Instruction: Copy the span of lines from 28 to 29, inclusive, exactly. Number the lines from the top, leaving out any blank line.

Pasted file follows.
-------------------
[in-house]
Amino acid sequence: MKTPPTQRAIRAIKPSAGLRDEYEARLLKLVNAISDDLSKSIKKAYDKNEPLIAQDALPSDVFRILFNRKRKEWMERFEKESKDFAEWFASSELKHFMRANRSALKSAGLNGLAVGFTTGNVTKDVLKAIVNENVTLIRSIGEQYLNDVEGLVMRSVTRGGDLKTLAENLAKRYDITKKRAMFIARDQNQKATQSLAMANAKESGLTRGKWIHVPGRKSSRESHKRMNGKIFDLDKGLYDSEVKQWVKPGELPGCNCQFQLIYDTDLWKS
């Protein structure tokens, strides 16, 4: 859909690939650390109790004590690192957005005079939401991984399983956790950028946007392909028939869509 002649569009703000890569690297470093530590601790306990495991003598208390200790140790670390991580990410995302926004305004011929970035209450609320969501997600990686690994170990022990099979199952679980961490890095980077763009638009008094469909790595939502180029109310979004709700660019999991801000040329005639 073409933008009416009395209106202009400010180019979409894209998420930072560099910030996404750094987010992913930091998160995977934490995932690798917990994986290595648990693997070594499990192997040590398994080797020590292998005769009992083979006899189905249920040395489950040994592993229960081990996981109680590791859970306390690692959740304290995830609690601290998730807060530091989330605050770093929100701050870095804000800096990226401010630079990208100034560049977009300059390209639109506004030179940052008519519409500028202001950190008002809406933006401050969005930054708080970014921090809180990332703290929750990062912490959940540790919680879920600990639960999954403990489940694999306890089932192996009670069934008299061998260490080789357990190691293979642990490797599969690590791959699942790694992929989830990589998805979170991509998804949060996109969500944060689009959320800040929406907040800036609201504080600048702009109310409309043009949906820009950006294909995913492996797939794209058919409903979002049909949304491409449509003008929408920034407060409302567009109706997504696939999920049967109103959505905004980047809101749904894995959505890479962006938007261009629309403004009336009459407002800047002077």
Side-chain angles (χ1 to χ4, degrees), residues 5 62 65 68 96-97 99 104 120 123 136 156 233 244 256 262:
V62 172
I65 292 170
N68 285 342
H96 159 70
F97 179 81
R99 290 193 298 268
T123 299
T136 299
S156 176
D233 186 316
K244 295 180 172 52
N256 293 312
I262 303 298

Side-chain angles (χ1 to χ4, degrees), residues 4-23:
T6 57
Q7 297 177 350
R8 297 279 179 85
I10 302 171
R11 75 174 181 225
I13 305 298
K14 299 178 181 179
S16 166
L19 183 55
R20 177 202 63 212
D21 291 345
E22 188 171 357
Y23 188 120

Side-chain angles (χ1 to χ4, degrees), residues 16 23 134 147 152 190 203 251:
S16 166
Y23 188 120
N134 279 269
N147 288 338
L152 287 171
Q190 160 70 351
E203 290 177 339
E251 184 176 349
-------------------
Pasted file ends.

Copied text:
R20 177 202 63 212
D21 291 345